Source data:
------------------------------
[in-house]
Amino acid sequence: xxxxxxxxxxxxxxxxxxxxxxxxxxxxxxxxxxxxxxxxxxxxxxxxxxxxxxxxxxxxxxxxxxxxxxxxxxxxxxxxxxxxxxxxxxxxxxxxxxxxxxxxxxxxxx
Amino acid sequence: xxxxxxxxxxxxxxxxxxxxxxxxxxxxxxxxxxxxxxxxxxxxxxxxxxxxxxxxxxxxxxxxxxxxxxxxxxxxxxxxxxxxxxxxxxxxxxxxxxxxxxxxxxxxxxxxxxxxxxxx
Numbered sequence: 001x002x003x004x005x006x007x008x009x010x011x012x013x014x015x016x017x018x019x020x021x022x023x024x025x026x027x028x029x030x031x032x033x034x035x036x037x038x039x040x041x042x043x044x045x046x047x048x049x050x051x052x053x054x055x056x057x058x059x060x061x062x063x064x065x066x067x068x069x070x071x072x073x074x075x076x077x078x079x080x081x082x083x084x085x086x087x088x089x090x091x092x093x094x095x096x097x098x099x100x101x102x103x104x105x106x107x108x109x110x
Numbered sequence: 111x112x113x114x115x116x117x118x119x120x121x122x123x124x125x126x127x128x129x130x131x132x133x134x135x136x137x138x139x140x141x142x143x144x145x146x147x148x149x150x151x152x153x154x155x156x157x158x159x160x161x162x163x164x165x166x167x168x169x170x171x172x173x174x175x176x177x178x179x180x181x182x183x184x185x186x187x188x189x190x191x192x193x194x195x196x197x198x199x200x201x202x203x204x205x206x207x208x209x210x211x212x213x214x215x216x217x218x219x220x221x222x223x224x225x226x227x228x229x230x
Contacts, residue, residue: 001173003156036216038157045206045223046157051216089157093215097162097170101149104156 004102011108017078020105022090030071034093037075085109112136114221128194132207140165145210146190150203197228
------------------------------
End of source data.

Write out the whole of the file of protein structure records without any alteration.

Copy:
[in-house]
Amino acid sequence: xxxxxxxxxxxxxxxxxxxxxxxxxxxxxxxxxxxxxxxxxxxxxxxxxxxxxxxxxxxxxxxxxxxxxxxxxxxxxxxxxxxxxxxxxxxxxxxxxxxxxxxxxxxxxx
Amino acid sequence: xxxxxxxxxxxxxxxxxxxxxxxxxxxxxxxxxxxxxxxxxxxxxxxxxxxxxxxxxxxxxxxxxxxxxxxxxxxxxxxxxxxxxxxxxxxxxxxxxxxxxxxxxxxxxxxxxxxxxxxx
Numbered sequence: 001x002x003x004x005x006x007x008x009x010x011x012x013x014x015x016x017x018x019x020x021x022x023x024x025x026x027x028x029x030x031x032x033x034x035x036x037x038x039x040x041x042x043x044x045x046x047x048x049x050x051x052x053x054x055x056x057x058x059x060x061x062x063x064x065x066x067x068x069x070x071x072x073x074x075x076x077x078x079x080x081x082x083x084x085x086x087x088x089x090x091x092x093x094x095x096x097x098x099x100x101x102x103x104x105x106x107x108x109x110x
Numbered sequence: 111x112x113x114x115x116x117x118x119x120x121x122x123x124x125x126x127x128x129x130x131x132x133x134x135x136x137x138x139x140x141x142x143x144x145x146x147x148x149x150x151x152x153x154x155x156x157x158x159x160x161x162x163x164x165x166x167x168x169x170x171x172x173x174x175x176x177x178x179x180x181x182x183x184x185x186x187x188x189x190x191x192x193x194x195x196x197x198x199x200x201x202x203x204x205x206x207x208x209x210x211x212x213x214x215x216x217x218x219x220x221x222x223x224x225x226x227x228x229x230x
Contacts, residue, residue: 001173003156036216038157045206045223046157051216089157093215097162097170101149104156 004102011108017078020105022090030071034093037075085109112136114221128194132207140165145210146190150203197228